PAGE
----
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DrRalston, Veterinarian
Category: Vet
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Experience:  Over twelve years of internal medicine, surgery, and preventive care.
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Hi, My 9 year old male neutered exotic shorthair has been diagnosed

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Hi, My 9 year old male neutered exotic shorthair has been diagnosed with Idiopathic Cystitis. He became ill in March last year and was originally diagnosed as having kidney failure. However, more recent blood tests have shown his kidneys are fine but he has blood in his urine. My vet says it is because he is a nervous cat who gets stressed very easily. He has been prescribed Fortikor and Cystaphan and has Hills KD prescription food. Does he need to be on Fortikor if his kidneys are fine and should I change his food to one for Urinary tract problems. He is fine at the moment and only becomes stressed if I have to get a water sample or he has to have a full bladder for a sample to be taken at the vets. After this procedure he lies on the floor panting and over grooms himself sometimes pulling out his fur. He can be like that for 2 days after the visit and then he is fine again.
Hello, I'm Dr Ralston, thank you for your question.

Fortikor is also known as benazepril. It has been used in renal disease in cats to increase blood flow to the kidney and to help with filtration of wastes from the blood by increasing the filtration rate of these wastes. It may also help reduce protein that is entering into the urine. It is thought that protein can contribute to urinary tract inflammation in cats and cause some cystitis. But, again, it is called idiopathic cystitits for a reason. Idiopathic means, we don't know what causes it. So there are many potential causes.

Fortikor is probably not the most important medication in the treatment of your cat. But, I do think it helps somewhat. Even if just to reduce any amount of protein in the urine. Remember, your vet might not register protein in the urine on tests, but it doesn't mean the protein isn't there. The smallest proteins can be found in the urine only by specific tests. Microalbuminuria is detected at VERY low levels only by specific tests that are usually sent out of the office and must be requested. These can tell us when there is a VERY low amount of protein that is starting to show up in the urine. But, because they can detect low amounts, it can tell us that a problem is just starting or is very early.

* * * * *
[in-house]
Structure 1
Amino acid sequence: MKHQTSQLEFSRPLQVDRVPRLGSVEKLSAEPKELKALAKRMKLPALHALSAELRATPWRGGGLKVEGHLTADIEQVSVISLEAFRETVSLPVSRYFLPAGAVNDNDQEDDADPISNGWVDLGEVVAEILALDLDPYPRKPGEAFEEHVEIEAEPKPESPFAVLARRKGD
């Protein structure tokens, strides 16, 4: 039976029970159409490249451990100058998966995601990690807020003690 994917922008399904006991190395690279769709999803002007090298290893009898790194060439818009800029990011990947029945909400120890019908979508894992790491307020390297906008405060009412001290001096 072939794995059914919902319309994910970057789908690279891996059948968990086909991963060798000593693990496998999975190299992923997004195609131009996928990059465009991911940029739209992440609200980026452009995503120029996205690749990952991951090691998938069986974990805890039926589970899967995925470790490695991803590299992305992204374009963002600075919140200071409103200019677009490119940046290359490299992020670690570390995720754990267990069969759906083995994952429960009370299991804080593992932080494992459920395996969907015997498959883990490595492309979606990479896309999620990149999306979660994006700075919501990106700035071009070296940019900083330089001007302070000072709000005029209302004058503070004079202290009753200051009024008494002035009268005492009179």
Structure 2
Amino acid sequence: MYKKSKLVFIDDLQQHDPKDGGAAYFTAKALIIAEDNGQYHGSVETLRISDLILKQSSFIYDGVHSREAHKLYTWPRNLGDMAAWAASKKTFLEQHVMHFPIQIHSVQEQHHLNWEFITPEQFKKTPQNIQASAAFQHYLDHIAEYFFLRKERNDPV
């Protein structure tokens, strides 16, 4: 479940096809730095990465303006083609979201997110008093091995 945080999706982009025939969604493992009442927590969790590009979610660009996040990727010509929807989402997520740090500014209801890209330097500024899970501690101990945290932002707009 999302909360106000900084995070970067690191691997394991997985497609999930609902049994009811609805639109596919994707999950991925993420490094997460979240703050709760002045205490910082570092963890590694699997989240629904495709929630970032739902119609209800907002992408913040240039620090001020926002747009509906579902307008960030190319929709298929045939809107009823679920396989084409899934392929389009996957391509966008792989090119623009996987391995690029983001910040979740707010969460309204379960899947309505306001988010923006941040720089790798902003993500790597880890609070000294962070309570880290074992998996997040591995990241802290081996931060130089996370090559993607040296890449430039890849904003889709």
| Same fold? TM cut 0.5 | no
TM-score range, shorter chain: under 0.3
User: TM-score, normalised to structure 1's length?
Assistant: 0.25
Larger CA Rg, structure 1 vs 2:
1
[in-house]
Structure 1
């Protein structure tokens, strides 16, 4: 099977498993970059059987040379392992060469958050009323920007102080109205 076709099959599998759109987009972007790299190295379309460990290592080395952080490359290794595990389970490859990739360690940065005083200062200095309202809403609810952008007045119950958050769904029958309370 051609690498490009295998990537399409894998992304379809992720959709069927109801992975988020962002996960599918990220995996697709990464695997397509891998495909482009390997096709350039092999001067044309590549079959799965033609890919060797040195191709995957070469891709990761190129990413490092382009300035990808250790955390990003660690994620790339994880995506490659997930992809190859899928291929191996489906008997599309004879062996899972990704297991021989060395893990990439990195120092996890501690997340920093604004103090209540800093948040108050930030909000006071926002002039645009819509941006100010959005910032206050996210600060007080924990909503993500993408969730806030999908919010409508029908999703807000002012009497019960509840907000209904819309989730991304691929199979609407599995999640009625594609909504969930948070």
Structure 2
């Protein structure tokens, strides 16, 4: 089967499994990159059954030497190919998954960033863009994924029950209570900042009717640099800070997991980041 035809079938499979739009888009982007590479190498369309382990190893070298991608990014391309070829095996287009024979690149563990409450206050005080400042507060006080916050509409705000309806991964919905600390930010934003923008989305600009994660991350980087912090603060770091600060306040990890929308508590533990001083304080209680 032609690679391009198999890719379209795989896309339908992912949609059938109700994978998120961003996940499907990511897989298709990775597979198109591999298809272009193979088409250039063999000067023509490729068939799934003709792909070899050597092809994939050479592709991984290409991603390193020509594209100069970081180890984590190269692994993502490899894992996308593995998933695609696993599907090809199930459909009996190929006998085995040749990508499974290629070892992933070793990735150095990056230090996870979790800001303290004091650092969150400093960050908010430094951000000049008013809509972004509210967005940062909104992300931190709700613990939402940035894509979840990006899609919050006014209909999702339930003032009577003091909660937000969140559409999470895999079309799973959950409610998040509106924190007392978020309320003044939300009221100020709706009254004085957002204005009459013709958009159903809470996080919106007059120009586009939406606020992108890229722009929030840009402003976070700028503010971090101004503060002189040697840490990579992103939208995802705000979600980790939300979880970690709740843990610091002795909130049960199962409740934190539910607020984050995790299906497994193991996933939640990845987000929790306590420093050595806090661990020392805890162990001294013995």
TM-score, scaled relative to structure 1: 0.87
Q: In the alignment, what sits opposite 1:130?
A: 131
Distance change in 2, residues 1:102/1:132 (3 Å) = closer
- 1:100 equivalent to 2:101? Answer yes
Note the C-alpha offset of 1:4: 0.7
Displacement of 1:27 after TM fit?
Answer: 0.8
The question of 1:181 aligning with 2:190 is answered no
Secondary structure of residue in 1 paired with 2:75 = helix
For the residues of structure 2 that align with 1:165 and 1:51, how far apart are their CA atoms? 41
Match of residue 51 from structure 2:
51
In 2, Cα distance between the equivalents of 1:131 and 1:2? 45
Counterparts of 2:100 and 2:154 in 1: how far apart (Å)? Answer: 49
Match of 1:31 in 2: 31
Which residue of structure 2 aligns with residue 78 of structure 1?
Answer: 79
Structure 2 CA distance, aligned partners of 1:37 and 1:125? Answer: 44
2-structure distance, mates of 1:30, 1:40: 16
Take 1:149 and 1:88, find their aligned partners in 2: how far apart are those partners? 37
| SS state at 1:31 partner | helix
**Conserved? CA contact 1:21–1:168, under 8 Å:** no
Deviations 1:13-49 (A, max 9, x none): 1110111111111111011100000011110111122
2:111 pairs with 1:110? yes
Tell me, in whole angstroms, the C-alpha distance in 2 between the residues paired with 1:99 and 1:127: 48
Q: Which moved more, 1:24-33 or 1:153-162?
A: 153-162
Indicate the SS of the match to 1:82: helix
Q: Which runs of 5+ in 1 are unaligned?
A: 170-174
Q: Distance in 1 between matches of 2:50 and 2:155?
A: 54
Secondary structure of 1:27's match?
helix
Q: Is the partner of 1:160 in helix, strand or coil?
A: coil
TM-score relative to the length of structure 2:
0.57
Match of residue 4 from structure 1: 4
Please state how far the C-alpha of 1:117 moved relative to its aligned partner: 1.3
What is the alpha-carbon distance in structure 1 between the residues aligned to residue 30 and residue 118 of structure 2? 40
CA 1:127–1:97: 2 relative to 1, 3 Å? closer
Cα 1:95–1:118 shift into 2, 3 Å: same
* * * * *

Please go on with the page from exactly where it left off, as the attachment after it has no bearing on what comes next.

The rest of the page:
Cystophan is actually a pretty cool medication, and one of the only medications available to us for treating feline interstitial cystitis. The thought behind this is bascially that the bladder wall and urinary tract is inflammed or irritated. It might have something to do with the protein as I mentioned, but some theorize that it is because of faulty mucus layers in the bladder (basically). Others think that it is due to stress or anxiety mostly. So, this medication combines elements that help to repair and protect the mucus lining of the urinary tract, and also provide some relief from anxiety in the cat. These together can help treat the disease, so that medication is also useful.

K/D is a diet for kidneys. That is true. But, it also helps to promote urination and healthy urinary tract systems in general. The cost isn't much more than regular diet. And keep in mind your cat's values might be normal in the blood now BECAUSE of the food and medications you are giving. If you stopped it could get worse. It wouldn't hurt any normal cat to be on k/d for life.

So, I do recommend staying with the Fortikor. This disease is complex and nobody understands all of it, but each little thing you can do to help it will make the pet better.

I'd like to share two very good references with you. They are VERY dense though, so set aside some time to read through them.

(Click here for a link to a feline behavior symposium article regarding treating idiopathic cystitis. This is actually a very interesting read, but you will see how complicated it is)

(Click here for this link about cystophan, from the makers of the drug. It really explains the science and theory behind the product with full illustrations. Again, a lot of information about the disease itself, might answer some other questions you have)

And one last one (link to information on FIC)

In the end there is so much to this disease - environmental, food/diet, stress, other secondary problems, enrichment, medications. So many different choices. And this is typical of a disease with no cure. Lots of ideas mean lots of people trying to solve the problem. However, lots of different solutions usually mean that none of them really work that great or all are about equal. Or else, there would only be one solution used, right?

Thank you for your question, I hope I have provided you with enough information to make a quality decision regarding the health of your pet.

Good luck,
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